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blended life

Searching through online content, I was surprised not to find more art about blended families, considering I know there are plenty of support groups for it. Through this body of work, I share insight into my perspective on being a stepparent, including the good, bad, honest, and comical.

In many cases, there is a duality to this role; joy but grief, envy but gratitude, relief but wariness. I hope in creating these pieces, others in similar situations can relate and find a sense of solidarity in our struggles and successes, and those who aren't may develop some sympathy and appreciation for the hard work it takes to be part of a blended family.

It Goes Both Ways.png

It Goes Both Ways, 2022

Mixed Media Collage | watercolor, India ink, cardstock, magazine and printed images

Step-parenthood, to me, is a mixed bag; similar to traditional parenting, but with added complexity.

The blended, joint custody lifestyle brings instances of unlearning, relearning, adjusting to differences, and feelings of invasiveness; interruptions and lacking privacy or boundaries. And while this feels like thievery of my ability to parent how I would otherwise, I realize my girls have had their lives uprooted and a sense of consistency stolen from them, too.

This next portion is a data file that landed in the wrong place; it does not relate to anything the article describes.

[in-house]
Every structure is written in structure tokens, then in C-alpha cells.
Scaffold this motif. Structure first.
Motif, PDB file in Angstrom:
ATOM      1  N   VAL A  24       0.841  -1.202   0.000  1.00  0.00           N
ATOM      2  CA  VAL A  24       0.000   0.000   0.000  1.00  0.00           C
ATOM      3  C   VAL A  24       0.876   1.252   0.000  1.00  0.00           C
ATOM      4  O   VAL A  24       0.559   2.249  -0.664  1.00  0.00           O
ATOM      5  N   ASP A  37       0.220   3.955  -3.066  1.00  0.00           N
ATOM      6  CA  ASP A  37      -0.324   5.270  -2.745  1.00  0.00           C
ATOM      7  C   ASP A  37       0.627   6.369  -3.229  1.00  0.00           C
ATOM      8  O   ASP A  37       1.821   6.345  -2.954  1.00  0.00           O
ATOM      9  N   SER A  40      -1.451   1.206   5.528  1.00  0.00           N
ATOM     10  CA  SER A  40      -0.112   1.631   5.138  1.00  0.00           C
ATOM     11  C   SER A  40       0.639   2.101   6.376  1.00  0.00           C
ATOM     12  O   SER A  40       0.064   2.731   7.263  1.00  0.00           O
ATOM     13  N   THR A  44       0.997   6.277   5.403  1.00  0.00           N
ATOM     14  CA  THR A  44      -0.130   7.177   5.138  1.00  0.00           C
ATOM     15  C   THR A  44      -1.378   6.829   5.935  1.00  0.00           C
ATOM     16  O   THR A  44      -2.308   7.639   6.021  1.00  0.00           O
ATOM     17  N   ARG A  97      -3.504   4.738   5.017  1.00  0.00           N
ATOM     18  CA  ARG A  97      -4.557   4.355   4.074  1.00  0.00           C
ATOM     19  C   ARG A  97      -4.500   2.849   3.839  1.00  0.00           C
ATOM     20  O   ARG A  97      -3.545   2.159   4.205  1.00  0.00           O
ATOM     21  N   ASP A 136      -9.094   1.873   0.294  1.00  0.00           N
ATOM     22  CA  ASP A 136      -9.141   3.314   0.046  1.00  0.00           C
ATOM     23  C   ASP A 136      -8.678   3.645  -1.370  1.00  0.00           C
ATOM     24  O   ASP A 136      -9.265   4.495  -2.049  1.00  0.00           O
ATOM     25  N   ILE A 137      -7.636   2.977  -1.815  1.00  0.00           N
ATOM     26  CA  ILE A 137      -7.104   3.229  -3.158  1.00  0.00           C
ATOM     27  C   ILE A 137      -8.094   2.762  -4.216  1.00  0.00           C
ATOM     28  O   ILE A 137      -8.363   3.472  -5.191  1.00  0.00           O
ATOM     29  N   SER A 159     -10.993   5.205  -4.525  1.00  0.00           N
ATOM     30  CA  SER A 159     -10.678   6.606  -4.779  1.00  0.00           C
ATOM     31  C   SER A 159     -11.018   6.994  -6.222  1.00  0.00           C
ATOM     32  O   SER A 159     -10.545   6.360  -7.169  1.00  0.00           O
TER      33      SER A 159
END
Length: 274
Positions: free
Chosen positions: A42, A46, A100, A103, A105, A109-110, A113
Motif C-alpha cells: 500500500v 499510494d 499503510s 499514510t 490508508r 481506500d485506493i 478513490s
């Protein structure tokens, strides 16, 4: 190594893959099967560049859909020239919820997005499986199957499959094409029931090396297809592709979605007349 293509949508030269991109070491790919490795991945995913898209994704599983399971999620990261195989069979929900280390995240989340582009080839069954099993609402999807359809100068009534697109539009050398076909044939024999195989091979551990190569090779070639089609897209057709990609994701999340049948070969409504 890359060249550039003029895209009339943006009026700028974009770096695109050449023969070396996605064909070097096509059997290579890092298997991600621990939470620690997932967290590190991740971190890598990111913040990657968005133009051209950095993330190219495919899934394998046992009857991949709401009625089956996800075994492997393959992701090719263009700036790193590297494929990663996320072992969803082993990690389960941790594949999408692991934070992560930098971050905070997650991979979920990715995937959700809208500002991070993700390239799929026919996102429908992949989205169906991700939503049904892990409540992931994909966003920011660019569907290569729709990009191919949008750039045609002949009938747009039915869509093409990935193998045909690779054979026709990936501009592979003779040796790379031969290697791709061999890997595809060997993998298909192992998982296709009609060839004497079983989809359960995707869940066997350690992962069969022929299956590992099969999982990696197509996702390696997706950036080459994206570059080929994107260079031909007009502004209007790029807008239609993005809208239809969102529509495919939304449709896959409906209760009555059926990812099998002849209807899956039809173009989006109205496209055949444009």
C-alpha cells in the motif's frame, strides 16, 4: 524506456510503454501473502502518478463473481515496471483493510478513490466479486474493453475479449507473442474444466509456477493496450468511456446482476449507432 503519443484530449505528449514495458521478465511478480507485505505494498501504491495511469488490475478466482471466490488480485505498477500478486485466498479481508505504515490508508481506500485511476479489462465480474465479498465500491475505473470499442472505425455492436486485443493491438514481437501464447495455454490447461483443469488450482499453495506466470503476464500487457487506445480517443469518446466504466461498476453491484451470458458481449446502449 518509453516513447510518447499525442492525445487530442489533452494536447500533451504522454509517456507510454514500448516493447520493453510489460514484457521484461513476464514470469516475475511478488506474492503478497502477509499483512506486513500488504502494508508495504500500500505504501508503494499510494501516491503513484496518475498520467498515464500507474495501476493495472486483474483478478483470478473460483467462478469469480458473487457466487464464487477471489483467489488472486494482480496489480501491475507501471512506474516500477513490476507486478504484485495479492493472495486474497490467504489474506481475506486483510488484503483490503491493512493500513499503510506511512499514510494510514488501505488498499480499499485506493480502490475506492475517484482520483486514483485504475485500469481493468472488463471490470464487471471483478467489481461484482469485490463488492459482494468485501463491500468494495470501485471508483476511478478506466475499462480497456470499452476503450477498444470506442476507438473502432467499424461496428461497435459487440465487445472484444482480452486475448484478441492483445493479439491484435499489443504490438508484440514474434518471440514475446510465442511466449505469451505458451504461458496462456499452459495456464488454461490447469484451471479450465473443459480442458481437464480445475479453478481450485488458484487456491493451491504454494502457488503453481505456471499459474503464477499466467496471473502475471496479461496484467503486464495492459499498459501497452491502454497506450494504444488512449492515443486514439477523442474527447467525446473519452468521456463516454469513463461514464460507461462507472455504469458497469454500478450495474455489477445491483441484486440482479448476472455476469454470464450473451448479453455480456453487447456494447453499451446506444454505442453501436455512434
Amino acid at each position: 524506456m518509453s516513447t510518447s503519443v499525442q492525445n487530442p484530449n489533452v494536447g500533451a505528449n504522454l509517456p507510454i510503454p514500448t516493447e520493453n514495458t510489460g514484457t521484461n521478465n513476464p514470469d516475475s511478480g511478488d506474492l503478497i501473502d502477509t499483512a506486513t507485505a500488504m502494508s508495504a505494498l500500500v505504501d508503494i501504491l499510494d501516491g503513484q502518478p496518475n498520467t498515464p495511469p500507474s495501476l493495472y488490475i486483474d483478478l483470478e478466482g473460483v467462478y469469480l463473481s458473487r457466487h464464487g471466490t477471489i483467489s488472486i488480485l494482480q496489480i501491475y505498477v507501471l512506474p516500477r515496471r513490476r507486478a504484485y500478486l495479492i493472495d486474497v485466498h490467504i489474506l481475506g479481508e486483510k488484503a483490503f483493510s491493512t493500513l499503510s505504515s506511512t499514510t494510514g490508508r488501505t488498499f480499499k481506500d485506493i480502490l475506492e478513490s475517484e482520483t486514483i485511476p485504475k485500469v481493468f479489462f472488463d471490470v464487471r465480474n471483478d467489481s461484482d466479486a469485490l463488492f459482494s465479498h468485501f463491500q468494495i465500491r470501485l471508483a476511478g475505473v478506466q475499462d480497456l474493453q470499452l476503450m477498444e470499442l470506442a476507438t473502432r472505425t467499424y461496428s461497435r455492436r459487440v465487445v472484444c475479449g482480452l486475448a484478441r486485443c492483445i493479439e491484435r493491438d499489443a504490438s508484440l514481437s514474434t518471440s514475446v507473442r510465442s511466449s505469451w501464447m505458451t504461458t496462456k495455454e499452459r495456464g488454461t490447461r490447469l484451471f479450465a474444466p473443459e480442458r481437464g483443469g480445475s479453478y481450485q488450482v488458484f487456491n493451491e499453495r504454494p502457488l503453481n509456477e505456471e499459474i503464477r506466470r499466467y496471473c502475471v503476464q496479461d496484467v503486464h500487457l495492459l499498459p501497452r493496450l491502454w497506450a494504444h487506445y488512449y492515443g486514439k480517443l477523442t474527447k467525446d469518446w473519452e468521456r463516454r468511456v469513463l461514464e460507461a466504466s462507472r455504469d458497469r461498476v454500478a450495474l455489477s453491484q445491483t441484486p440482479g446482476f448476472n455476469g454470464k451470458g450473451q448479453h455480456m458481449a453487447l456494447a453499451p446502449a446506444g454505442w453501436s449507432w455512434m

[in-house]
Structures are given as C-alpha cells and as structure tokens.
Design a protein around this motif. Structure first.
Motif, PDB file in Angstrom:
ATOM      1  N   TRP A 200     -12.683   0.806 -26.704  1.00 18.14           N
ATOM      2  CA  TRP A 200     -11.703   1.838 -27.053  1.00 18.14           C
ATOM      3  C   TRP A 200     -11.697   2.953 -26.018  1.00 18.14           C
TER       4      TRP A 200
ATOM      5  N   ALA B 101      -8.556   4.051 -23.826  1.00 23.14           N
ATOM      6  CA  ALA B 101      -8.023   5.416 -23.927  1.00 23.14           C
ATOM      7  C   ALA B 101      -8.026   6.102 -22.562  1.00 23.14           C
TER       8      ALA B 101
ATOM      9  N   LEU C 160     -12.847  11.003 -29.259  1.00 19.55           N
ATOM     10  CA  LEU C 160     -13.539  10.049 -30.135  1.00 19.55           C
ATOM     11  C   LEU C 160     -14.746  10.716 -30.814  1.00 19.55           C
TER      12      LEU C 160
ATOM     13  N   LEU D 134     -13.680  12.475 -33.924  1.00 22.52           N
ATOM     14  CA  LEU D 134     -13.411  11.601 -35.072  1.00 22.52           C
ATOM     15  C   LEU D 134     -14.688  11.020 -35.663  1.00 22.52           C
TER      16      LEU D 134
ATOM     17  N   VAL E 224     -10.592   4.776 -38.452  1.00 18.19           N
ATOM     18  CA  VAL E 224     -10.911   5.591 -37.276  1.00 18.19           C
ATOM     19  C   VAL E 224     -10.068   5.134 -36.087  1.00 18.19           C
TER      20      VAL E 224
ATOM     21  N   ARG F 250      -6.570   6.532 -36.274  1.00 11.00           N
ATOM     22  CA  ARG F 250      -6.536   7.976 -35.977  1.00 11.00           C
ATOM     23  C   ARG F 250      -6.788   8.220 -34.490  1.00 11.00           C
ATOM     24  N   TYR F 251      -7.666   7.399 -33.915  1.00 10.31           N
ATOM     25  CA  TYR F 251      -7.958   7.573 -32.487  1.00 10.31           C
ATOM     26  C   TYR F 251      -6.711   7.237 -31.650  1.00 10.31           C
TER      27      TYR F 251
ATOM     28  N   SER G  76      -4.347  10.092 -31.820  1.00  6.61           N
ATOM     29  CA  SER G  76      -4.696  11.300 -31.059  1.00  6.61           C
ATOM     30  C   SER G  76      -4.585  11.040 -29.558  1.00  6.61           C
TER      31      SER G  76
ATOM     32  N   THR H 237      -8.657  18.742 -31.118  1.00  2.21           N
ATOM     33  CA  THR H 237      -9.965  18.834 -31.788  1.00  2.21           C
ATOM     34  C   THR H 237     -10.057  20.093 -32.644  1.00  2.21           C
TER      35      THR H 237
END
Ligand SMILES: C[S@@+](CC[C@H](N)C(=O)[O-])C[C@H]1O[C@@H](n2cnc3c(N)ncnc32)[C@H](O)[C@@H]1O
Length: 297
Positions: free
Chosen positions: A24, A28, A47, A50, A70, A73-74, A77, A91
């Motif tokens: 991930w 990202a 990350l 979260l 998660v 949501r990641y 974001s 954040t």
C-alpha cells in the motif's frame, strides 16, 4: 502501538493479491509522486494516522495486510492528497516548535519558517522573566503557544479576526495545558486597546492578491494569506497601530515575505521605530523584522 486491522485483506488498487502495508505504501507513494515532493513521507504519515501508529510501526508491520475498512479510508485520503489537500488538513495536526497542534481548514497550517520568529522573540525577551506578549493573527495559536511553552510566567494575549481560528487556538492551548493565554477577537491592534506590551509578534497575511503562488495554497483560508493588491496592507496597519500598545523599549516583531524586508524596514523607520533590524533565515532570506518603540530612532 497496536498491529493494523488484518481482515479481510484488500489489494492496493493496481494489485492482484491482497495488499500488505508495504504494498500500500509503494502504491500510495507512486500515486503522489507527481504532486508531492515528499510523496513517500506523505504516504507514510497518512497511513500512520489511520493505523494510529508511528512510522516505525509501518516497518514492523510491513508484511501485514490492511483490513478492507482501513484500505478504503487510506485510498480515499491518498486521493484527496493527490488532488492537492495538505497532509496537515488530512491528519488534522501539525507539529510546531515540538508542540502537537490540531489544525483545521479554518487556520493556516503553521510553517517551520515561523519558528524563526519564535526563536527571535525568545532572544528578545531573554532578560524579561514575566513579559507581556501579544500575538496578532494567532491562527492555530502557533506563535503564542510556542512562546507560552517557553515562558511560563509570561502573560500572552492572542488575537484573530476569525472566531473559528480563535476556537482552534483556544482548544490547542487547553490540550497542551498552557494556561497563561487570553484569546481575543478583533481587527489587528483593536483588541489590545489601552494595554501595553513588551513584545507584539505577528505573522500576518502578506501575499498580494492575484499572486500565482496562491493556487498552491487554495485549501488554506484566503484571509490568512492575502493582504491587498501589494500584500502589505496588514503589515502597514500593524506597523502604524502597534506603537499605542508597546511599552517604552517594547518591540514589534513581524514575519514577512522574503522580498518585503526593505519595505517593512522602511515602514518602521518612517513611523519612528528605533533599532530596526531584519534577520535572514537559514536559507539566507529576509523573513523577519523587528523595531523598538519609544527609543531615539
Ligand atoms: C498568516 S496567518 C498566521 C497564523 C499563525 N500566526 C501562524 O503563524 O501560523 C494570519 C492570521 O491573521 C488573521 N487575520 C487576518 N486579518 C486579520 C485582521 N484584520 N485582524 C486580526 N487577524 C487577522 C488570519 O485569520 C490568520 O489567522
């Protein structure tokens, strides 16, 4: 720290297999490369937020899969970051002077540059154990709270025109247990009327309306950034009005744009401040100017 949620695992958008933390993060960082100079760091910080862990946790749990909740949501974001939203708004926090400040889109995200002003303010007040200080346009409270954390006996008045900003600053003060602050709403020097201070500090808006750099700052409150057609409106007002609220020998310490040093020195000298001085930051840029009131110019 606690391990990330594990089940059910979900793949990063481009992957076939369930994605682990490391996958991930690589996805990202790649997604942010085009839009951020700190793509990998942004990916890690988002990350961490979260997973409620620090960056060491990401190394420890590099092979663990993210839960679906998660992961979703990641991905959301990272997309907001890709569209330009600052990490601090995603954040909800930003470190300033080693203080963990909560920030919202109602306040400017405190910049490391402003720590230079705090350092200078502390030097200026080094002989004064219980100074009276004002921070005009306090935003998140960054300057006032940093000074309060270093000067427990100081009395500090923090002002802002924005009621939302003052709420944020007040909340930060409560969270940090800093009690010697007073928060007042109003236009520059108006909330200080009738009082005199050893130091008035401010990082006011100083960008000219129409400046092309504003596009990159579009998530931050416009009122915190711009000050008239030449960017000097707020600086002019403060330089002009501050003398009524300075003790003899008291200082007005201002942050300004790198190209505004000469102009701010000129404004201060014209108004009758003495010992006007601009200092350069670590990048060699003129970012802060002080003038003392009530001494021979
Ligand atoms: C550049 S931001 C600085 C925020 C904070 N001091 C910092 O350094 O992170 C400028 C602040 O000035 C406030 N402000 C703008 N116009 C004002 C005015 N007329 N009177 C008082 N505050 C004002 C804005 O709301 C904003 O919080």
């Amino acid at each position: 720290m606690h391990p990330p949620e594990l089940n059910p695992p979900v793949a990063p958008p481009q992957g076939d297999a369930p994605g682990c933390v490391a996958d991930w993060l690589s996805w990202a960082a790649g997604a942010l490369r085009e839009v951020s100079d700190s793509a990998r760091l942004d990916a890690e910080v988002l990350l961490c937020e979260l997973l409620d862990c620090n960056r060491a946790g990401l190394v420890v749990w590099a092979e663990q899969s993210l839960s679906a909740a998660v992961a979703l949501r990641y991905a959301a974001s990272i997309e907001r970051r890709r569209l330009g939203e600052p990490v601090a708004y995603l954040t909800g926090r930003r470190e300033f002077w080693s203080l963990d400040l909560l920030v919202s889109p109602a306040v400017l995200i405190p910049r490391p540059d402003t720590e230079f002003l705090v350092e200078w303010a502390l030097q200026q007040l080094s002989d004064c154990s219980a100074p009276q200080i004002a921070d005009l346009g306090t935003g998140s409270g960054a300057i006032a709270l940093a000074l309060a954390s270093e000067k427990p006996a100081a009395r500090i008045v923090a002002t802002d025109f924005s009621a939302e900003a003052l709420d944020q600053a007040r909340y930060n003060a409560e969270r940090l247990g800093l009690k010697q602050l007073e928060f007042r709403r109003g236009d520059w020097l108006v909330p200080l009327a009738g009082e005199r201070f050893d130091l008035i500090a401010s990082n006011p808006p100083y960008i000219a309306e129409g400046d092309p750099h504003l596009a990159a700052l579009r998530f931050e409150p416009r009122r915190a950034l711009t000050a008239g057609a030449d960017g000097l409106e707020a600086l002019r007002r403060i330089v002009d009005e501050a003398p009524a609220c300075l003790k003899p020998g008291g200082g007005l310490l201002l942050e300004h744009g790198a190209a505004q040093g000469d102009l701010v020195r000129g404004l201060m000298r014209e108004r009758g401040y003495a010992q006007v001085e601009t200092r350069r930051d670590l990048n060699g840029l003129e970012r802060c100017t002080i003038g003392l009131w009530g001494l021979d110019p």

Even with all the uncertainties, becoming part of a family brought together by choice brings me joy and satisfaction. I'm so grateful to my husband for sharing his family with me and for my stepdaughters who made me a mom. However, I sometimes still get a pang of sadness knowing I'll never be "Mom" to them. While I know I wasn't first, I do know that we were meant to be a family, bringing out the best in each other, and are doing what's right for us all.

Bio Clock, 2020

Mixed Media Collage | watercolor, India ink, cardstock, magazine images, fabrics, silica beads.

Biology tells me that I want to have babies of my own, to pass on my genetics, to see which of my traits would reveal themselves in Baby. I know my husband and I would make cute ones! That said, I've never had a relationship with infants, and small children aren't really my jam. I'm also terrified of all the things that could go wrong, like genetic abnormalities, complications with birth, etc. Is it worth it when there are so many children out there already needing homes? I may not have had a child grow in my womb, but I revel in the rewards and combat the struggles of being a mother on the daily, and I know I will be able to look back proudly at how they forced me to be a better human, and laugh in the face of anyone who doesn't think I'm a "real" mom.

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